Avoid pruning a Crimson Queen Japanese maple tree when possible. If you must prune, do it in the late fall or mid-winter to avoid the bleeding that can happen in the spring and summer months.

Propagating Crimson Queen Japanese Maple Trees

You can propagate Japanese maple trees in the late spring by taking softwood stem cuttings or with semi-hardwood stem cuttings in the midsummer. Here’s how:

  1. Cut a 6- to 8-inch new growth section.
  2. Plant the cutting in a rooting soil made up of equal parts peat moss, coarse sand, and perlite.
  3. Moisten with water, but don’t oversaturate the soil.
  4. Place the cutting in a location that gets bright, indirect light.

Potting and Repotting

Dwarf varieties of Japanese maple trees, such as the Crimson Queen, which are less than 10 feet tall when mature can be grown in containers. If the tree grows to more than 10 feet, prune it regularly.

To grow the tree in a container: Pick a container that’s no more than twice the volume of the roots and has a drainage hole. Fill it with high-quality potting soil that’s free from slow-release fertilizer. Only fertilize the container-grown tree with a water-based fertilizer that’s been devoted to half-strength when growth begins.

Crimson Queen Japanese maple trees grown in containers require repotting regularly. Repot the tree when the roots hit the sides and bottom of the pot—typically occurs every two years or so. When repotting, prune the large woody roots to encourage small, fibrous roots in their place.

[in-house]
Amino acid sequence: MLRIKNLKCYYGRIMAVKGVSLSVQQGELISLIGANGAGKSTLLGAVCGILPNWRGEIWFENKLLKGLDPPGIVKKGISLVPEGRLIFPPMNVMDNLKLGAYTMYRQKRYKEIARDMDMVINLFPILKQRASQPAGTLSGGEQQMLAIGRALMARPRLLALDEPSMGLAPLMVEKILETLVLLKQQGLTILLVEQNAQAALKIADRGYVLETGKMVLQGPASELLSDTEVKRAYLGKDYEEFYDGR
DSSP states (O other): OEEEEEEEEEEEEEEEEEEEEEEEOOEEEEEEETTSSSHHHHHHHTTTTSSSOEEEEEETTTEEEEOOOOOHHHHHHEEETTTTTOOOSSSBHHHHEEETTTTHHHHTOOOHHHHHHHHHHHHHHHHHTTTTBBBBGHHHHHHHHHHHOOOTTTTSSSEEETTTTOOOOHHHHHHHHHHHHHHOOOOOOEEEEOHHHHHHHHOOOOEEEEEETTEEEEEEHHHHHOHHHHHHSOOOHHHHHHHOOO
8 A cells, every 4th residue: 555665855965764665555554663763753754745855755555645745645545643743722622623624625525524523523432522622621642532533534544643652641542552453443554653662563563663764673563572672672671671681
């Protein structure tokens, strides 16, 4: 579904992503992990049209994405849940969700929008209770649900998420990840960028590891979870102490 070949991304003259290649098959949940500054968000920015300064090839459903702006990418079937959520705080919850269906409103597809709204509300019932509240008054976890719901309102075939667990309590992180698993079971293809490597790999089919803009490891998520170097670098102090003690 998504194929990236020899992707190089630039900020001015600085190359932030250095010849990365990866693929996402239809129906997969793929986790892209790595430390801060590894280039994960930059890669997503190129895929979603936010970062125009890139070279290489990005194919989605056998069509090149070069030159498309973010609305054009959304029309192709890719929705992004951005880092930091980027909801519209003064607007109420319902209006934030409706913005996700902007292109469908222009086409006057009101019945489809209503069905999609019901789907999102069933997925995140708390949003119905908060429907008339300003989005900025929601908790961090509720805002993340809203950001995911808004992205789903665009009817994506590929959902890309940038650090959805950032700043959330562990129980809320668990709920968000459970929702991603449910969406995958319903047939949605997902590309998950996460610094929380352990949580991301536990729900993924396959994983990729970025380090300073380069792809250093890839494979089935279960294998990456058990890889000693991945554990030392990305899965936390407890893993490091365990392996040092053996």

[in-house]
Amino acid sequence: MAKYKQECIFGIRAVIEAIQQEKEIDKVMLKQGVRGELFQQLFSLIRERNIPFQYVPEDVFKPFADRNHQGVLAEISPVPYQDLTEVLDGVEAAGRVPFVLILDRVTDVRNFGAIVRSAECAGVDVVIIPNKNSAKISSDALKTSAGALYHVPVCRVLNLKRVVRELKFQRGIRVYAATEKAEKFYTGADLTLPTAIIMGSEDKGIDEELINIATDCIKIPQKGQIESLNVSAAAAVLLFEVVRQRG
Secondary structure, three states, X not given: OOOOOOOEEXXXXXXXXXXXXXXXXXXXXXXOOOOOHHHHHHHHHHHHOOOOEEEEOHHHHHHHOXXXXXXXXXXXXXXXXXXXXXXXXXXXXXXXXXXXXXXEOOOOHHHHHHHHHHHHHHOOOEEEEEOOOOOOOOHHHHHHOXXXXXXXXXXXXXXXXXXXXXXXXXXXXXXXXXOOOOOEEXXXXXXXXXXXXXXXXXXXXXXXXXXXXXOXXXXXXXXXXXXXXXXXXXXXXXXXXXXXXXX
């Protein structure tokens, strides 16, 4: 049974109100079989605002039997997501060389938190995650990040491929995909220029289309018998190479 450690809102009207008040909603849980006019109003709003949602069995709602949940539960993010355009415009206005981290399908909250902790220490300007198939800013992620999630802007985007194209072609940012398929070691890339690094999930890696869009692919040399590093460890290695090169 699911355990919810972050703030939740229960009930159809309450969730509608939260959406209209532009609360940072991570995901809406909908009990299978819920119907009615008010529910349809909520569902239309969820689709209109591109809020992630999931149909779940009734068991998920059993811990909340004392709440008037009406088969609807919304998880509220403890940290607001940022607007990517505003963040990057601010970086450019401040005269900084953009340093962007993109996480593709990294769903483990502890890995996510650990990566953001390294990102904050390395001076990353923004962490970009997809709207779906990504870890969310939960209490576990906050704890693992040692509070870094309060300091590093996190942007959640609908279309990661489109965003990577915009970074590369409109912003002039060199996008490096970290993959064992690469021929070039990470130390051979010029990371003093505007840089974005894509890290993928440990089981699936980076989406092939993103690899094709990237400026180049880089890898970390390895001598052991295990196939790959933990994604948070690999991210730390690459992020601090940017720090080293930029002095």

To prepare your Crimson Queen Japanese maple tree for colder weather plan ahead. Do not fertilize the tree after mid-summer, and plan to water heavily in the fall to help the root system of the tree before the cold weather comes along. After soaking, spread a thick four-inch layer of mulch around the tree trunk and root area. If the trees are in their younger years, you should protect them by wrapping them in burlap.

Any trees planted in containers, bring them indoors into a garage, for example, if in areas that will get heavy frost or freezes.

Common Pests and Diseases

The Crimson Queen Japanese maple tree does have some common pests and diseases that it is susceptible to. The most common disease is a type of fungus. Canker, anthracnose, and verticillium wilt are all fungus infections that are common for this tree. Keep it pruned, the area around the tree cleaned up of dead branches and leaves, and treat the tree with a fungicide. Pests that may attack this maple tree are Japanese beetles, aphids, scale, and mites. Treat with a chemical or natural insecticide, such as Neem oil to eliminate these pests.


  • The Crimson Queen Japanese maple tree has a lifespan of 80 years or longer if it’s cared for and maintained properly.

  • The Crimson Queen Japanese maple tree grows at a moderate pace, so expect a growth rate of about 12 to 24 inches per year.

  • Add a splash of color around the base of your Crimson Queen Japanese maple tree with some perennials such as azaleas, dianthus, or sedum.

Disclaimer: Curated and re-published here. We do not claim anything as we translated and re-published using google translator. All images and Tattoo Design ideas shared only for information purpose.

Related Posts